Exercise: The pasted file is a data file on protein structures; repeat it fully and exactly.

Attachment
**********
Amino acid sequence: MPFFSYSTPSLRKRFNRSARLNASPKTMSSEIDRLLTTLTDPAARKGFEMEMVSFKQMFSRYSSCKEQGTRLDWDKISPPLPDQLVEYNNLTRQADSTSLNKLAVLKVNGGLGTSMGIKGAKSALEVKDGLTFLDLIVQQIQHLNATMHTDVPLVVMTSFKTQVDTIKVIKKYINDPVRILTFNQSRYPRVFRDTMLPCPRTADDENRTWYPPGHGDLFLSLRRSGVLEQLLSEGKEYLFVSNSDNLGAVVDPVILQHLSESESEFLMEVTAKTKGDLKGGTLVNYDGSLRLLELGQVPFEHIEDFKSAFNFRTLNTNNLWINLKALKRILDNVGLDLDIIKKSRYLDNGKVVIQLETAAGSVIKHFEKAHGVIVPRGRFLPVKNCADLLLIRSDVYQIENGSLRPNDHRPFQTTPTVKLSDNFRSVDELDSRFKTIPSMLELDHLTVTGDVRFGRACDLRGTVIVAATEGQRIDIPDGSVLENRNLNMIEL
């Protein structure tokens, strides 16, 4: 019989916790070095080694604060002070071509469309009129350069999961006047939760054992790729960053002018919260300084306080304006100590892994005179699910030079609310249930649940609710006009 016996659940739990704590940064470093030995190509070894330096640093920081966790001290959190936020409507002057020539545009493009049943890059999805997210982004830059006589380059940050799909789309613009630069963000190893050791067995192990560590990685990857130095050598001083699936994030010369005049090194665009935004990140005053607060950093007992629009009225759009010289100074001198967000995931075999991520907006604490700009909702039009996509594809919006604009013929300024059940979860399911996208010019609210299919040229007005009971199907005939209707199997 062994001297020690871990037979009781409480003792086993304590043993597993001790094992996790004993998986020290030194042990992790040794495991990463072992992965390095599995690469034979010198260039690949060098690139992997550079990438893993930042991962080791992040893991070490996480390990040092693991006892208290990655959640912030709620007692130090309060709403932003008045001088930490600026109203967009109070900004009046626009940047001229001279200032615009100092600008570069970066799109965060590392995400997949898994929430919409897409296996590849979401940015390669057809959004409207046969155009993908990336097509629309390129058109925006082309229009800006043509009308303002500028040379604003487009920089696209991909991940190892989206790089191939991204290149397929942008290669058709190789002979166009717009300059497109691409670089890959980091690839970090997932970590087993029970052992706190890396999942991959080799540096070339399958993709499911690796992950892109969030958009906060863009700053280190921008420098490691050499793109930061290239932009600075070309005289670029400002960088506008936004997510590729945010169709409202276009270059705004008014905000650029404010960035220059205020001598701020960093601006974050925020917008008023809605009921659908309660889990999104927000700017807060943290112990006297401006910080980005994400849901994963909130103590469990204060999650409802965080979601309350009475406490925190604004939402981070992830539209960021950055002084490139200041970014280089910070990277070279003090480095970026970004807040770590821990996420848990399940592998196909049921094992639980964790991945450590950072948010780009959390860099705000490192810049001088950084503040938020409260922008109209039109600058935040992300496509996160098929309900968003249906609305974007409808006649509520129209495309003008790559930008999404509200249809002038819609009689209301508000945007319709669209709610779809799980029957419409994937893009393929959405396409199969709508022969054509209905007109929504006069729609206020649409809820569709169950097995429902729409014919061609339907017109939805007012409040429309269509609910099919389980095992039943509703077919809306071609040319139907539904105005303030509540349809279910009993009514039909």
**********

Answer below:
Amino acid sequence: MPFFSYSTPSLRKRFNRSARLNASPKTMSSEIDRLLTTLTDPAARKGFEMEMVSFKQMFSRYSSCKEQGTRLDWDKISPPLPDQLVEYNNLTRQADSTSLNKLAVLKVNGGLGTSMGIKGAKSALEVKDGLTFLDLIVQQIQHLNATMHTDVPLVVMTSFKTQVDTIKVIKKYINDPVRILTFNQSRYPRVFRDTMLPCPRTADDENRTWYPPGHGDLFLSLRRSGVLEQLLSEGKEYLFVSNSDNLGAVVDPVILQHLSESESEFLMEVTAKTKGDLKGGTLVNYDGSLRLLELGQVPFEHIEDFKSAFNFRTLNTNNLWINLKALKRILDNVGLDLDIIKKSRYLDNGKVVIQLETAAGSVIKHFEKAHGVIVPRGRFLPVKNCADLLLIRSDVYQIENGSLRPNDHRPFQTTPTVKLSDNFRSVDELDSRFKTIPSMLELDHLTVTGDVRFGRACDLRGTVIVAATEGQRIDIPDGSVLENRNLNMIEL
């Protein structure tokens, strides 16, 4: 019989916790070095080694604060002070071509469309009129350069999961006047939760054992790729960053002018919260300084306080304006100590892994005179699910030079609310249930649940609710006009 016996659940739990704590940064470093030995190509070894330096640093920081966790001290959190936020409507002057020539545009493009049943890059999805997210982004830059006589380059940050799909789309613009630069963000190893050791067995192990560590990685990857130095050598001083699936994030010369005049090194665009935004990140005053607060950093007992629009009225759009010289100074001198967000995931075999991520907006604490700009909702039009996509594809919006604009013929300024059940979860399911996208010019609210299919040229007005009971199907005939209707199997 062994001297020690871990037979009781409480003792086993304590043993597993001790094992996790004993998986020290030194042990992790040794495991990463072992992965390095599995690469034979010198260039690949060098690139992997550079990438893993930042991962080791992040893991070490996480390990040092693991006892208290990655959640912030709620007692130090309060709403932003008045001088930490600026109203967009109070900004009046626009940047001229001279200032615009100092600008570069970066799109965060590392995400997949898994929430919409897409296996590849979401940015390669057809959004409207046969155009993908990336097509629309390129058109925006082309229009800006043509009308303002500028040379604003487009920089696209991909991940190892989206790089191939991204290149397929942008290669058709190789002979166009717009300059497109691409670089890959980091690839970090997932970590087993029970052992706190890396999942991959080799540096070339399958993709499911690796992950892109969030958009906060863009700053280190921008420098490691050499793109930061290239932009600075070309005289670029400002960088506008936004997510590729945010169709409202276009270059705004008014905000650029404010960035220059205020001598701020960093601006974050925020917008008023809605009921659908309660889990999104927000700017807060943290112990006297401006910080980005994400849901994963909130103590469990204060999650409802965080979601309350009475406490925190604004939402981070992830539209960021950055002084490139200041970014280089910070990277070279003090480095970026970004807040770590821990996420848990399940592998196909049921094992639980964790991945450590950072948010780009959390860099705000490192810049001088950084503040938020409260922008109209039109600058935040992300496509996160098929309900968003249906609305974007409808006649509520129209495309003008790559930008999404509200249809002038819609009689209301508000945007319709669209709610779809799980029957419409994937893009393929959405396409199969709508022969054509209905007109929504006069729609206020649409809820569709169950097995429902729409014919061609339907017109939805007012409040429309269509609910099919389980095992039943509703077919809306071609040319139907539904105005303030509540349809279910009993009514039909």